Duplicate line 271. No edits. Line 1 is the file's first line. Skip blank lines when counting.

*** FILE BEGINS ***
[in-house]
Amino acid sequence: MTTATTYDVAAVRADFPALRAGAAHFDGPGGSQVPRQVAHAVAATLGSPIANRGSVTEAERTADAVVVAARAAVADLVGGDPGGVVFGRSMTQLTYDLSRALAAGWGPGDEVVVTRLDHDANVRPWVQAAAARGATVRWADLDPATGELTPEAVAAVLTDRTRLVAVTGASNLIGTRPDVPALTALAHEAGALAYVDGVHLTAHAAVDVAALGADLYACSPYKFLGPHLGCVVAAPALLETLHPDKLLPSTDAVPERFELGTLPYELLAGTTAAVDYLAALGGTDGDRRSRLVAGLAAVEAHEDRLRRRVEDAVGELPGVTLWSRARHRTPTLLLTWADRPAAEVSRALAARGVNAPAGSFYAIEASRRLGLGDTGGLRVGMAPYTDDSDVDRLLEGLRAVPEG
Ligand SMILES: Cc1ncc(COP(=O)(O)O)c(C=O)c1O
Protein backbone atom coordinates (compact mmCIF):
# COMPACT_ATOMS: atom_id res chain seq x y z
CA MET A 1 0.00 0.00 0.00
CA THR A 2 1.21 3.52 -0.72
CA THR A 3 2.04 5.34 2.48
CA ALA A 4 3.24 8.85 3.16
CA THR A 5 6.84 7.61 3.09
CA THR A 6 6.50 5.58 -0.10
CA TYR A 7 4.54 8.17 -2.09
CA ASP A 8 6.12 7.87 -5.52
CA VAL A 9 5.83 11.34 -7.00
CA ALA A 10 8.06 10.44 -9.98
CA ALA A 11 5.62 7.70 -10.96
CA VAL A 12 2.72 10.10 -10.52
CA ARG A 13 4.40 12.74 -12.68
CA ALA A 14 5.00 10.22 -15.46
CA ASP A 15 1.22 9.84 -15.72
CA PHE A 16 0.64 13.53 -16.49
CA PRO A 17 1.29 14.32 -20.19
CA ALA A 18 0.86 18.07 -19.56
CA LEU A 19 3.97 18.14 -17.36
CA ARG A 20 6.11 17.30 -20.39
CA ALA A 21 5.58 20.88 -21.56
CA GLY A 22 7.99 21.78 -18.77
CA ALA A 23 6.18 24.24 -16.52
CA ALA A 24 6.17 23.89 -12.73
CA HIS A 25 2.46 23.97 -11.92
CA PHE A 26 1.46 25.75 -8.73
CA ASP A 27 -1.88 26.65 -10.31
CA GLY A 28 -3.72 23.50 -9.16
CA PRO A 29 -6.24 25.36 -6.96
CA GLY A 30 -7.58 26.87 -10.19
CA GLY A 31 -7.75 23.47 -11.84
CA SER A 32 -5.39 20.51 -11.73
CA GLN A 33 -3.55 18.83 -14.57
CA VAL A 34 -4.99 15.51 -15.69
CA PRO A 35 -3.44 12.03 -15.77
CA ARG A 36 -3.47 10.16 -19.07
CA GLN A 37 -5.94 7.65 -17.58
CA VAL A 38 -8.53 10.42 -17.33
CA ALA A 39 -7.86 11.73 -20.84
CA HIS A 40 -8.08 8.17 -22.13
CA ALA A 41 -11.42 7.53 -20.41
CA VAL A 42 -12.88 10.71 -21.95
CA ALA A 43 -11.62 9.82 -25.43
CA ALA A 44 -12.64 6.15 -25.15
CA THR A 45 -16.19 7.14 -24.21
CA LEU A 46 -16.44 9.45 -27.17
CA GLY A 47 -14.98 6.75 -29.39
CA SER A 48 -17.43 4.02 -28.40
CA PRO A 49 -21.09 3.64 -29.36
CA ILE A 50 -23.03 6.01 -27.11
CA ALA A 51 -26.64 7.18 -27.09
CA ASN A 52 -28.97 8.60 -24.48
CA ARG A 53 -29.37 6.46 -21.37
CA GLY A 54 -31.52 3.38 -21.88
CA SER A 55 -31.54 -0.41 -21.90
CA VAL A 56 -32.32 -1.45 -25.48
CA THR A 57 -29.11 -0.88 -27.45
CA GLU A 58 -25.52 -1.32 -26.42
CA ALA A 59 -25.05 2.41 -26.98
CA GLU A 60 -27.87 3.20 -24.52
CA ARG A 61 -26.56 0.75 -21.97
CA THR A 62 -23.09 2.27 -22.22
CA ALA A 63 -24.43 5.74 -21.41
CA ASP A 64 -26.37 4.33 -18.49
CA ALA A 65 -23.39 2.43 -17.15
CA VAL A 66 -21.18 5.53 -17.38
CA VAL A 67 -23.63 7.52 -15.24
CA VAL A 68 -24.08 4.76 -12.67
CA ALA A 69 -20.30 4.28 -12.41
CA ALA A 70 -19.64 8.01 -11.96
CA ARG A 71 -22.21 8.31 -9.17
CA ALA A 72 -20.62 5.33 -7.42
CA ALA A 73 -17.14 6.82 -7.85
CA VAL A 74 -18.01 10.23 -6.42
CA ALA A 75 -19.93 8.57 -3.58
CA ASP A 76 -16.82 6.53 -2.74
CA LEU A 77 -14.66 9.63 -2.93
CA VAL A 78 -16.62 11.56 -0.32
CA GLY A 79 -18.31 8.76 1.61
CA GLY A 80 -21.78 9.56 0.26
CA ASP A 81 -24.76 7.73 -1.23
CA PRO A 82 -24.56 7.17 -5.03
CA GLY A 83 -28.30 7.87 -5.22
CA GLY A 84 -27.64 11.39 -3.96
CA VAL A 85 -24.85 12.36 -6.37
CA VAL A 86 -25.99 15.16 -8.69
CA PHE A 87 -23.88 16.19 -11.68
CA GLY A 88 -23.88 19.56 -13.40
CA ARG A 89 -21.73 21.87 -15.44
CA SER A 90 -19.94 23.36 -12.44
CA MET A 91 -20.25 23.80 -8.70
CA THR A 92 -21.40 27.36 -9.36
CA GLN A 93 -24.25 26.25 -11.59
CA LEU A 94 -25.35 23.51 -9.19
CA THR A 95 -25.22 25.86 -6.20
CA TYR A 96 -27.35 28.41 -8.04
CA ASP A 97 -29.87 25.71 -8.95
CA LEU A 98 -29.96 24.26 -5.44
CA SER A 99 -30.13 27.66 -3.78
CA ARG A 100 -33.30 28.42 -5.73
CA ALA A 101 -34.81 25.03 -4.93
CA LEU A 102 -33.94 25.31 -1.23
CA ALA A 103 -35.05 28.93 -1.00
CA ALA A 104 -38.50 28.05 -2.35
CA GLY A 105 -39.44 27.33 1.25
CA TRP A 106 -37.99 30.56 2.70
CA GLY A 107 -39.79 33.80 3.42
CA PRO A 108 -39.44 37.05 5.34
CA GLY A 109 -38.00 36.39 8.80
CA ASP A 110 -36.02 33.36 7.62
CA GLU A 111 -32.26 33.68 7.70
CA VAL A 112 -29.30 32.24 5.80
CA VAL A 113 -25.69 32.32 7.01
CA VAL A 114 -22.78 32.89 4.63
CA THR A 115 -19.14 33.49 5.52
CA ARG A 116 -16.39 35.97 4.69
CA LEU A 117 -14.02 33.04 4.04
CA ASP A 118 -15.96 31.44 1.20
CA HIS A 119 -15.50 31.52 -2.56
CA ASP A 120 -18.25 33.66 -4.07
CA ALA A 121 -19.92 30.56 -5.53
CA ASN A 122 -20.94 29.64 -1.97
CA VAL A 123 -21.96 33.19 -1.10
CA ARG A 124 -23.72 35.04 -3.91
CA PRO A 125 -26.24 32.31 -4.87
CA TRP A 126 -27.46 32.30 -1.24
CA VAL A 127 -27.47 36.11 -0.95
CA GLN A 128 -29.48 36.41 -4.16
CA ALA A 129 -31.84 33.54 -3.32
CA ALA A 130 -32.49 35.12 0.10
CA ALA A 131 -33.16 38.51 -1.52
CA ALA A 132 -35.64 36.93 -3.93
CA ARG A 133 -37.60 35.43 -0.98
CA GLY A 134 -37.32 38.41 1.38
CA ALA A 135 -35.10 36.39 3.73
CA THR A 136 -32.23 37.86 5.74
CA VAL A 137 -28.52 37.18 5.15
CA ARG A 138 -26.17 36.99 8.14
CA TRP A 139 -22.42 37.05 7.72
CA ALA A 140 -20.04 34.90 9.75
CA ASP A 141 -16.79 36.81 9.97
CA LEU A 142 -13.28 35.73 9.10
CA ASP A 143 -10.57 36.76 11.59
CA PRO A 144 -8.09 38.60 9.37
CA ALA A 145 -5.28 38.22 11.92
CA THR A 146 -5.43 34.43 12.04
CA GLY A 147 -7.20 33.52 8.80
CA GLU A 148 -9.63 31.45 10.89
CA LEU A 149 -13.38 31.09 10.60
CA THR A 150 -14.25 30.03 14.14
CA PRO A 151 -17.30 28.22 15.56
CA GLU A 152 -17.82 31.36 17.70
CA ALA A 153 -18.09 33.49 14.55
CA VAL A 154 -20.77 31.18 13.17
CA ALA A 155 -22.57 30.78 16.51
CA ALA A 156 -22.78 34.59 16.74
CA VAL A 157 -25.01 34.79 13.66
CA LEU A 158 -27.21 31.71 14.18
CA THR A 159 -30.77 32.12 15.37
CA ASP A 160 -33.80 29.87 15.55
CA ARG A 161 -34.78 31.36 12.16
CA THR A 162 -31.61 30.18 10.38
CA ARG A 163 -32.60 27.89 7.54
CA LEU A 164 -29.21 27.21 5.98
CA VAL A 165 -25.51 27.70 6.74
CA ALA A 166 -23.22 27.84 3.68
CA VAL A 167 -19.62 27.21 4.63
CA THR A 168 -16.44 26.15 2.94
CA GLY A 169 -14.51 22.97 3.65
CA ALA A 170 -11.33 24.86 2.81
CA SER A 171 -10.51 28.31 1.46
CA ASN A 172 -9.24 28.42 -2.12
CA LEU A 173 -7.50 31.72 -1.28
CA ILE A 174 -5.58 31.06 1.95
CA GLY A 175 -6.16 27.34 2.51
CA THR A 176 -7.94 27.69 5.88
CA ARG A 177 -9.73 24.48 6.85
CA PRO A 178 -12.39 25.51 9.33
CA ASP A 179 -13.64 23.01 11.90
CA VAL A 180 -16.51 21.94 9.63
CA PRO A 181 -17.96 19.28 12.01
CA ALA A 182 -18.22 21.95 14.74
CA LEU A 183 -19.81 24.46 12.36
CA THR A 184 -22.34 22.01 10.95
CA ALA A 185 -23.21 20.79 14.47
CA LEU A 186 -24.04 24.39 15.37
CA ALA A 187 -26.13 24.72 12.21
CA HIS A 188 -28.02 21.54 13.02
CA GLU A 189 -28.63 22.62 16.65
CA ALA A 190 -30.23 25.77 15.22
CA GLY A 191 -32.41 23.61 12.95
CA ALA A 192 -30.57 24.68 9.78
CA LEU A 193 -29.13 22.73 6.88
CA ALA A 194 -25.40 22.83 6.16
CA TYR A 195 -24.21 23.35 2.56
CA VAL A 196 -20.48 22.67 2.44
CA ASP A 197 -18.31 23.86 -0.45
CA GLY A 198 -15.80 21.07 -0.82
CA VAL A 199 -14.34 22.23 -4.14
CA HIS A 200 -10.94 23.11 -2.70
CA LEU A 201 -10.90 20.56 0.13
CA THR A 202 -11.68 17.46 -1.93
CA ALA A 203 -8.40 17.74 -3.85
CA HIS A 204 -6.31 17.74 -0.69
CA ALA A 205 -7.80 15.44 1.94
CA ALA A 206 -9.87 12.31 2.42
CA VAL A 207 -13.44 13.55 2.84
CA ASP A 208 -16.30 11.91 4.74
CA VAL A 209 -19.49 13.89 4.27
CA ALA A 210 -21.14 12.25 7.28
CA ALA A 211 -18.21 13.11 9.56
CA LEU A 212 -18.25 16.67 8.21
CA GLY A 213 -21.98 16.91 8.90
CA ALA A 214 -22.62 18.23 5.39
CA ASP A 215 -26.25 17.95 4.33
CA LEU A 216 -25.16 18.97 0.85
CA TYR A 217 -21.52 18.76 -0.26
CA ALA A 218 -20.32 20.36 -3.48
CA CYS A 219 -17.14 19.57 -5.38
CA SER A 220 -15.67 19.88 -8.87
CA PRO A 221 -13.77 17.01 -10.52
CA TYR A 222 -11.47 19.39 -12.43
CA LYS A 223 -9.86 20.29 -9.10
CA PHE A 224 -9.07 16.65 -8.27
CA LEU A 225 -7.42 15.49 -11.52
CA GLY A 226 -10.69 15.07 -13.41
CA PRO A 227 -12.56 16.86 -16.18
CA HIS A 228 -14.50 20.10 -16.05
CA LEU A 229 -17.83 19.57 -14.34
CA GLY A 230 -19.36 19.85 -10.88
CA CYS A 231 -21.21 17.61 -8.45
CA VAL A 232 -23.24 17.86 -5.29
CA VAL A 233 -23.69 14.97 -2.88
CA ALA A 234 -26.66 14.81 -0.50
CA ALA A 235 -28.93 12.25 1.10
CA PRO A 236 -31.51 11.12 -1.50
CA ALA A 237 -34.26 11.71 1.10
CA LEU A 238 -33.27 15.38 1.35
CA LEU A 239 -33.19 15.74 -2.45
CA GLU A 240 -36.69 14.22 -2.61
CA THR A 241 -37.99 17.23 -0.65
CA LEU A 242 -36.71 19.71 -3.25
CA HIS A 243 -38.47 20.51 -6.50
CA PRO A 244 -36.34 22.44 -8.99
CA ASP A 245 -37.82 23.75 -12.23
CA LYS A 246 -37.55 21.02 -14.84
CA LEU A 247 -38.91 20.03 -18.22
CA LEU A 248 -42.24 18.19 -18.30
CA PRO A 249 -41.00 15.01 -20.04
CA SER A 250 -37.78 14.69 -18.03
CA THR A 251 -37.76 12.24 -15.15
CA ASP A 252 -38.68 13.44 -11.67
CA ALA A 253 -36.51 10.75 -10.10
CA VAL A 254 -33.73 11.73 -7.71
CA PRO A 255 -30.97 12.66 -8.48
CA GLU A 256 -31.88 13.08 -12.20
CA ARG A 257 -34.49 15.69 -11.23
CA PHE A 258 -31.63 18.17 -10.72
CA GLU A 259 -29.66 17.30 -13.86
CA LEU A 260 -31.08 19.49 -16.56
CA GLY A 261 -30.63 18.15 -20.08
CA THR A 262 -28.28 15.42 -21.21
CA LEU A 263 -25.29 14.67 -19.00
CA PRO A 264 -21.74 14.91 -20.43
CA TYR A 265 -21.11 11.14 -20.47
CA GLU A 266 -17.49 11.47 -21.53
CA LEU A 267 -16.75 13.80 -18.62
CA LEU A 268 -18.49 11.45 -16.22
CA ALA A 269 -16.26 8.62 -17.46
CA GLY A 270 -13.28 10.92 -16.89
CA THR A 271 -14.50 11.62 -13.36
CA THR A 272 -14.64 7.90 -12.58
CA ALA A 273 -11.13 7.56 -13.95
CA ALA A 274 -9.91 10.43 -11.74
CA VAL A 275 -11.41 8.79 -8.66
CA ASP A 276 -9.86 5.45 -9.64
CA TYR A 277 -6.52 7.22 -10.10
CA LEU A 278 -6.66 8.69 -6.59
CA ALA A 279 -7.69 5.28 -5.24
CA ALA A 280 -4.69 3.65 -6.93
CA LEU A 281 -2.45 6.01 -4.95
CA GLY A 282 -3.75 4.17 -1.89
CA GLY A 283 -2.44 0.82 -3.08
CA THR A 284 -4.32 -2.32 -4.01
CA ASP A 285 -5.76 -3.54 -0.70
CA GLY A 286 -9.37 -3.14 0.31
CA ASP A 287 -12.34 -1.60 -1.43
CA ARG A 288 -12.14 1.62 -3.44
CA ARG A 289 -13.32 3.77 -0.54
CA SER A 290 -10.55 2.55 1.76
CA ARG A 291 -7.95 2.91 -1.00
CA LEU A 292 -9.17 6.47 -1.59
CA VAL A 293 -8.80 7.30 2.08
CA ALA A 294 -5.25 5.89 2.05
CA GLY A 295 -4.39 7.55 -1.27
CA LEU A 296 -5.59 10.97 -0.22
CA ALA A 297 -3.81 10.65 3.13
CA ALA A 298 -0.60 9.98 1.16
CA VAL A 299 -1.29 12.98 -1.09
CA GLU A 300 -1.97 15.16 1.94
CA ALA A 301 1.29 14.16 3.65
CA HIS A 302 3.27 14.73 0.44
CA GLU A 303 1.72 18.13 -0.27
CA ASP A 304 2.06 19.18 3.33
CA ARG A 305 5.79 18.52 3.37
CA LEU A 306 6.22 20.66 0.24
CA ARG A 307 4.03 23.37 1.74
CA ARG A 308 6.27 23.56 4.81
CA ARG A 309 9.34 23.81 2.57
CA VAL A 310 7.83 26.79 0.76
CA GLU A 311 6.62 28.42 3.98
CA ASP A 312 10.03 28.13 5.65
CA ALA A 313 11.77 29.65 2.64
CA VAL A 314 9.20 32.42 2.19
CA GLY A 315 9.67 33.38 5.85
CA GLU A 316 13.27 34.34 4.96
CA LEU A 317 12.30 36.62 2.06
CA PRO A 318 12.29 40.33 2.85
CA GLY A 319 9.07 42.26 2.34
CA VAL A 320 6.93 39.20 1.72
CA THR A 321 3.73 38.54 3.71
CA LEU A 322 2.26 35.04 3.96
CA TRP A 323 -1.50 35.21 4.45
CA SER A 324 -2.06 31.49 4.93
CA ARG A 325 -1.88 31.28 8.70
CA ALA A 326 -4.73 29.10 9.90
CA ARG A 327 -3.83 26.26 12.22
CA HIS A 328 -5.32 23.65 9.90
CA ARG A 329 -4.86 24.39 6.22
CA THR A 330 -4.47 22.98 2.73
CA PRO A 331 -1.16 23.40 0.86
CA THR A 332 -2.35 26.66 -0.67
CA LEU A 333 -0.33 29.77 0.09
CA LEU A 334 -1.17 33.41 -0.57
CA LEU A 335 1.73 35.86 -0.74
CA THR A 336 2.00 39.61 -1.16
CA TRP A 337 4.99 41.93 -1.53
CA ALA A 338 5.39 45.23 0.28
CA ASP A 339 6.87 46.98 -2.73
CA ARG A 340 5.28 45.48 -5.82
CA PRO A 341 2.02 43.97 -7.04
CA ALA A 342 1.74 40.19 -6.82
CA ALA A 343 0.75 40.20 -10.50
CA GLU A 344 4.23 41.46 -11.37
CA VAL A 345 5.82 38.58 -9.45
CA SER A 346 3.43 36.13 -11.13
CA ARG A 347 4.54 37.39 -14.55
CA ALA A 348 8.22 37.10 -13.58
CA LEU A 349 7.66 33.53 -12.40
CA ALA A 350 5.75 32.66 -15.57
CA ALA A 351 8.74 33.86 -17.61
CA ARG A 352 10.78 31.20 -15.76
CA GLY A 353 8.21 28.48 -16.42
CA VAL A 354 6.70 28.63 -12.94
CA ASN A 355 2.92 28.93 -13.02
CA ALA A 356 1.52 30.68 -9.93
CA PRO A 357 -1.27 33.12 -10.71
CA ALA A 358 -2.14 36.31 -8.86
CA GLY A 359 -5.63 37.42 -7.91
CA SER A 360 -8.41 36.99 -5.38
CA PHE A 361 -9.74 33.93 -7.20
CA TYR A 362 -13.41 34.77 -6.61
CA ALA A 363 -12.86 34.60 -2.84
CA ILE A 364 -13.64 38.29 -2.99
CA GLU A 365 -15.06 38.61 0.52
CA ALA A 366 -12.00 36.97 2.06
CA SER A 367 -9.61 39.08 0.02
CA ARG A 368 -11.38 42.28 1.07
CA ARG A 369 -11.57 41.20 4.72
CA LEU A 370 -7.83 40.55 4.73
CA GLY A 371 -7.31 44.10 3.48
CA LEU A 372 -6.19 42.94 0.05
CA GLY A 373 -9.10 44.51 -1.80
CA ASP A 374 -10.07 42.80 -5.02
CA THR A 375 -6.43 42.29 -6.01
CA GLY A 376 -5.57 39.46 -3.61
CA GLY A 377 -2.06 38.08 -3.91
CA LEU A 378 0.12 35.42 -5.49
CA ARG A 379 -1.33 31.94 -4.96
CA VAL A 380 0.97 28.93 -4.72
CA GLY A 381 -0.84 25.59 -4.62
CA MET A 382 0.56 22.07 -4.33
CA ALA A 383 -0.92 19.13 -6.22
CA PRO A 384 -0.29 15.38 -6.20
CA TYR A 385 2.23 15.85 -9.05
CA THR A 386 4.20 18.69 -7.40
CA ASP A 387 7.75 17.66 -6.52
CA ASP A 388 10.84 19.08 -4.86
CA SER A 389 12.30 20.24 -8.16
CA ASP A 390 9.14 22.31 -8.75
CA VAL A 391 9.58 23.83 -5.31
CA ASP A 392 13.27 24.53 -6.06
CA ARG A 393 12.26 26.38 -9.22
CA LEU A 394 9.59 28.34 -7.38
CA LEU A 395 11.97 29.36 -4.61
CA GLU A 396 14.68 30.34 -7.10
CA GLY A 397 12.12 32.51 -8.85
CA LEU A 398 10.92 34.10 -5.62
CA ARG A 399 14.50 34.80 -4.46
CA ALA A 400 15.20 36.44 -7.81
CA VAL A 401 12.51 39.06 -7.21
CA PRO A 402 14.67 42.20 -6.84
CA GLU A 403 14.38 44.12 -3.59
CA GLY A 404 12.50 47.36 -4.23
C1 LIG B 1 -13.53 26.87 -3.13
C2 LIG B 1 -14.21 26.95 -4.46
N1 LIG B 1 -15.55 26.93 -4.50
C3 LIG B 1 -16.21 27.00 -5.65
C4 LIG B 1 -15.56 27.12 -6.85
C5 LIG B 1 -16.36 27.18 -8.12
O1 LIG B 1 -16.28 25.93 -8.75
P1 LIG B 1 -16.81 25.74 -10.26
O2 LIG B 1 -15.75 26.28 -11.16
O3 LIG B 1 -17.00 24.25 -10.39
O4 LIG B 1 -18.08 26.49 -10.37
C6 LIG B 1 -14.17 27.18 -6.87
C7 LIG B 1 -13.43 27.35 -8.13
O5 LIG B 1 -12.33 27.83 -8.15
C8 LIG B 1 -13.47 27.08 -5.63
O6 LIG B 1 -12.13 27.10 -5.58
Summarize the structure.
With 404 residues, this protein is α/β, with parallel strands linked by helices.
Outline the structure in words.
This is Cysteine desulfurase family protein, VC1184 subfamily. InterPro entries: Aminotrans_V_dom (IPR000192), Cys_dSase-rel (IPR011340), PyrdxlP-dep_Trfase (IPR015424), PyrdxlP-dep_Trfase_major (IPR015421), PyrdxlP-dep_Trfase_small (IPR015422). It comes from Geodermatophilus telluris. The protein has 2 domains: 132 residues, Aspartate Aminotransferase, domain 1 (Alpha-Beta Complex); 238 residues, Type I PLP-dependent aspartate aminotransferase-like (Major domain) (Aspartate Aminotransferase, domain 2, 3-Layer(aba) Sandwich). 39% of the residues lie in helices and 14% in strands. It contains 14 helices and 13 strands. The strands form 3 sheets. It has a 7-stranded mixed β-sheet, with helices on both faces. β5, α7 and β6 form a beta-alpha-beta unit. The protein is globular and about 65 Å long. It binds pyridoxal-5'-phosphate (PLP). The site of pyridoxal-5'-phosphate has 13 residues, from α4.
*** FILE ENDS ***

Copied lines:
CA GLU A 266 -17.49 11.47 -21.53